The HDUV ultraviolet image of the Hubble Space Telescope covers 12,000 galaxies with the birth of stars in the constellation Pec. This field has been named GOODS-South. With the addition of ultraviolet light, scientists at the Hubble Space Telescope obtained the largest panoramic view of the birth of stars in a distant universe.
Hubble's UV vision opens up a new window into space, tracking the stellar birth over the past 11 billion light years, right up to the most intense star formation that occurred 3 billion years after the Big Bang. Until now, UV light has been the missing piece of the puzzle. Now the combination of data in the infrared and visible light of Hubble and other space and ground-based telescopes has made it possible to create the most complete portrait of the evolutionary history of the Universe. The photograph covers the gap between distant galaxies, observed only in IR light, and closer ones, which are fixed at different wavelengths. Light from distant regions of the birth of stars in distant galaxies began as ultraviolet. But the expansion of the universe has shifted it into infrared waves. By comparing images of star formation in the distant and nearby Universe, scientists will be able to better understand how neighboring galaxies have grown.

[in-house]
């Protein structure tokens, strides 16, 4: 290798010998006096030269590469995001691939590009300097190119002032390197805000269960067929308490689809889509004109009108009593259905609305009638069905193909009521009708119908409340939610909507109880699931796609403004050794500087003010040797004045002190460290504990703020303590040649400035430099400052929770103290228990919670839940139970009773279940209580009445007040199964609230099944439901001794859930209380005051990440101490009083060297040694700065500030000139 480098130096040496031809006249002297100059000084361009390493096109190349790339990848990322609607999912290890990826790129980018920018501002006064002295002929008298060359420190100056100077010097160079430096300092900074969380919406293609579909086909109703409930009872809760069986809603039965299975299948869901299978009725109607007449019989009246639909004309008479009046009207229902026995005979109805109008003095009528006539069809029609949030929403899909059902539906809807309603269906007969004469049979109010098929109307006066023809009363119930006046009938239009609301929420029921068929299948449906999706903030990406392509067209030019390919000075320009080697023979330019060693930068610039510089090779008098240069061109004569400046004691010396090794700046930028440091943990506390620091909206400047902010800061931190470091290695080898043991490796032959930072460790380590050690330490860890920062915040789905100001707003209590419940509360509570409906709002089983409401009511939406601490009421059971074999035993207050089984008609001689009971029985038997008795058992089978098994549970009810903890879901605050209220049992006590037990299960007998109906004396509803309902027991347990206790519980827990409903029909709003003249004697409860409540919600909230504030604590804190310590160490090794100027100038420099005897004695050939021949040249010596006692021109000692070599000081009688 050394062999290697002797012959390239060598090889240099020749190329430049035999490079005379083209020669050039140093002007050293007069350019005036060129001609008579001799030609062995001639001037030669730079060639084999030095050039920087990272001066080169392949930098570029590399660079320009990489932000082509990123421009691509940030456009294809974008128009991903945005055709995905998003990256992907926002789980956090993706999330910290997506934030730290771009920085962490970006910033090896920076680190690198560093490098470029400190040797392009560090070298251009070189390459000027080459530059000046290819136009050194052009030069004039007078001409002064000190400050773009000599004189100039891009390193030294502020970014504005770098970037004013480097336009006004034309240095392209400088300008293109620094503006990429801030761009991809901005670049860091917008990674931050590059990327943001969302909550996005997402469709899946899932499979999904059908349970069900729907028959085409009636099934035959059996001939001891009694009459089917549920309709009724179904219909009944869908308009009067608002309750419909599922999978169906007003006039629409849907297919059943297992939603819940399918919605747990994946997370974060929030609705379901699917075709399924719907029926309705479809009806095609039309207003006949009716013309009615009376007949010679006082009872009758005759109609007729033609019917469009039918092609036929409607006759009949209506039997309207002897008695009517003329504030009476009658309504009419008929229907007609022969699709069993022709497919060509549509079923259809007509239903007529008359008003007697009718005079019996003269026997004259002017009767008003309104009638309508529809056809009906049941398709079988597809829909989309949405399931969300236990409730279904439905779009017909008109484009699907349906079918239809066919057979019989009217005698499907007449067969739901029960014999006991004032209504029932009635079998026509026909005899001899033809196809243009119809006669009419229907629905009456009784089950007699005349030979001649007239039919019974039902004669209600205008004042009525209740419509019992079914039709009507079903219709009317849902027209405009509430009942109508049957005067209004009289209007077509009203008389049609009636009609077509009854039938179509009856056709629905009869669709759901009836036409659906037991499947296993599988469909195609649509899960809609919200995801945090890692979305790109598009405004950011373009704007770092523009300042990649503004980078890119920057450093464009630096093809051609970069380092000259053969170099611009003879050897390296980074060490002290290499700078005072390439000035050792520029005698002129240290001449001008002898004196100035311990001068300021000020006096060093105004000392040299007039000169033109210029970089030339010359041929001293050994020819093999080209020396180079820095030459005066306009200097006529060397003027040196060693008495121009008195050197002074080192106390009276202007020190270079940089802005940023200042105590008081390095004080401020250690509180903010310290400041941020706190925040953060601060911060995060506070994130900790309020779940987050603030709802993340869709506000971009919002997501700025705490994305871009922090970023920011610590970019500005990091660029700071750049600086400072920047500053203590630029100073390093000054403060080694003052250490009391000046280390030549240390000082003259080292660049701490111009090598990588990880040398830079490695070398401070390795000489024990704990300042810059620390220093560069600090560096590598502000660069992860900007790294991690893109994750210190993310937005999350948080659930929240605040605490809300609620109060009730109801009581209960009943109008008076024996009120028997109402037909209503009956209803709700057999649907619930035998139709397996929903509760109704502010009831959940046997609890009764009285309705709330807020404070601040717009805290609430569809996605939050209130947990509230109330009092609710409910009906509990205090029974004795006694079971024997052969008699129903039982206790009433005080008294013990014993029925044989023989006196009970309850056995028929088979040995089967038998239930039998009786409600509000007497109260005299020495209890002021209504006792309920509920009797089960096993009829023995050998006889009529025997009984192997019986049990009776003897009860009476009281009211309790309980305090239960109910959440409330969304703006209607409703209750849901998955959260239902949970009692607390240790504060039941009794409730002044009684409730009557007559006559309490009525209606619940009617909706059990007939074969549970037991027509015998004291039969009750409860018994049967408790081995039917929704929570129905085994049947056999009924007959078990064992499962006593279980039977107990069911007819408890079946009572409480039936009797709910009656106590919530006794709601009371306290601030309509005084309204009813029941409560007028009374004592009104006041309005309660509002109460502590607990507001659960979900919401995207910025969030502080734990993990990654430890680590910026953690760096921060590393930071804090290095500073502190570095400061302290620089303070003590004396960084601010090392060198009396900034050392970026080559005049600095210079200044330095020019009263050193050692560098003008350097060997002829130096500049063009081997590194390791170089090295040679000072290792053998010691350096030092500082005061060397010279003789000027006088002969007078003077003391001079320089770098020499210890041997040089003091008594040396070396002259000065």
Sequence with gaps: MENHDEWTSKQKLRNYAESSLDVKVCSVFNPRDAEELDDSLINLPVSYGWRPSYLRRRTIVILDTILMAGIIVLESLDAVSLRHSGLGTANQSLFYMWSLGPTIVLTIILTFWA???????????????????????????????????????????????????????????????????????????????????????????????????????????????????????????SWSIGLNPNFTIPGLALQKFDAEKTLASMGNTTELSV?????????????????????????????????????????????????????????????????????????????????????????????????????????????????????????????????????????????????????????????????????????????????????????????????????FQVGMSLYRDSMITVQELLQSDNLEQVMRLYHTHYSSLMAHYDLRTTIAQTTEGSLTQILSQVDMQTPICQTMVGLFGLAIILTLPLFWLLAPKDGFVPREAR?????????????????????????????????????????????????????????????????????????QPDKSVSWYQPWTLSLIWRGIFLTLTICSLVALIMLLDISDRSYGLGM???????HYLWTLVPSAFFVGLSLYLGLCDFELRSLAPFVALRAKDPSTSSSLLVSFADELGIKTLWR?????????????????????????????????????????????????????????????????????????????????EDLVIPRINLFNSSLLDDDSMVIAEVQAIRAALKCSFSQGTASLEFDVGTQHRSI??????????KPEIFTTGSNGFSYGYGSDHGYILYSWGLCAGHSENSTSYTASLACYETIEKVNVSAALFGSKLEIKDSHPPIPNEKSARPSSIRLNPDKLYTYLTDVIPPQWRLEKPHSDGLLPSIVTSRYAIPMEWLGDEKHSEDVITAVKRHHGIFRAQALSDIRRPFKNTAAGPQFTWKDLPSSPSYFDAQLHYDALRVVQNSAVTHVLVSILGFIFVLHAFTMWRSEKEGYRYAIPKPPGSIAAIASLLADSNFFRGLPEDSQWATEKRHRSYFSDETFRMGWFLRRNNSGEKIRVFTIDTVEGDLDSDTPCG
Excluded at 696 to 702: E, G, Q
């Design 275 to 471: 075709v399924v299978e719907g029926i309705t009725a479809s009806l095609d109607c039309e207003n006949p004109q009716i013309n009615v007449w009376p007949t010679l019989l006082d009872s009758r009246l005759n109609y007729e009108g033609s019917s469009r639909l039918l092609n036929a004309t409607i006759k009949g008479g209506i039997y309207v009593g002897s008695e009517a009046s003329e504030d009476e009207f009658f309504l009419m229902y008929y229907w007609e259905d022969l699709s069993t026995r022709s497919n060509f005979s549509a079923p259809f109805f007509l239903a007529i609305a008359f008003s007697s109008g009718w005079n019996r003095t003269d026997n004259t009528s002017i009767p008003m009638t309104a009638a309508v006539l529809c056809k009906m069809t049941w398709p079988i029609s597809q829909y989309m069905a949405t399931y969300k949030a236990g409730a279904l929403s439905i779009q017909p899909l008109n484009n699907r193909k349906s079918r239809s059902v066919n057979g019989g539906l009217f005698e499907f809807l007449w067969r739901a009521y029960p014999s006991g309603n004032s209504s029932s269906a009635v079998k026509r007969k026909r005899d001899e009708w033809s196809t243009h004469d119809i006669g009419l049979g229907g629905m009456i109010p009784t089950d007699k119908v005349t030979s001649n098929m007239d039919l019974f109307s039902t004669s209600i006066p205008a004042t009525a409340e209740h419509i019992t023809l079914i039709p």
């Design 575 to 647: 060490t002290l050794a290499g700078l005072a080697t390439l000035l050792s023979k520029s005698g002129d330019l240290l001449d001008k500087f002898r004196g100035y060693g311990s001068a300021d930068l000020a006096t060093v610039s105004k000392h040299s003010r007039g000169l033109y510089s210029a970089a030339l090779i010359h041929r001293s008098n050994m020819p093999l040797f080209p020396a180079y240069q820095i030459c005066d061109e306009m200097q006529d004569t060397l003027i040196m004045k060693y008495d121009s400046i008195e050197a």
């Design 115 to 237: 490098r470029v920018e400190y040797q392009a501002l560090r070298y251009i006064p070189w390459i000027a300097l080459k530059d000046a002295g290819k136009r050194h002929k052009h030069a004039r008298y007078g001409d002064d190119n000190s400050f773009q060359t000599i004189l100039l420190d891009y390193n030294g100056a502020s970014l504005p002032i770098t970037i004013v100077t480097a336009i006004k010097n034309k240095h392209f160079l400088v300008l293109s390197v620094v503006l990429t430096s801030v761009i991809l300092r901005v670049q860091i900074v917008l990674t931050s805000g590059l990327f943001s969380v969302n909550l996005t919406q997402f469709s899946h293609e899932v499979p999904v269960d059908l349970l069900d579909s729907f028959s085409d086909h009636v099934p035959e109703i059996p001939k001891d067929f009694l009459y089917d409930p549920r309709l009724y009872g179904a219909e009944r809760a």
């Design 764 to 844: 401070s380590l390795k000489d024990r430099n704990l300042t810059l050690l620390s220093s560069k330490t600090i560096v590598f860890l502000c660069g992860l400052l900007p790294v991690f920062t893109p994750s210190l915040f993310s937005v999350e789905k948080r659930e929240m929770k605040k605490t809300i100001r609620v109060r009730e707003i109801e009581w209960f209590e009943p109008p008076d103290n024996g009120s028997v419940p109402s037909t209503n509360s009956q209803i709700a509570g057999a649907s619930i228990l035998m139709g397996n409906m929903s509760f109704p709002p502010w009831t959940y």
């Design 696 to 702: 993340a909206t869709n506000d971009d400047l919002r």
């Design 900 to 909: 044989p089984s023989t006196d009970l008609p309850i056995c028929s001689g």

For observation, a wide-angle camera 3 of the Hubble telescope was used. The mosaic is 14 times the area of the famous image of the ultraviolet field, released in 2014.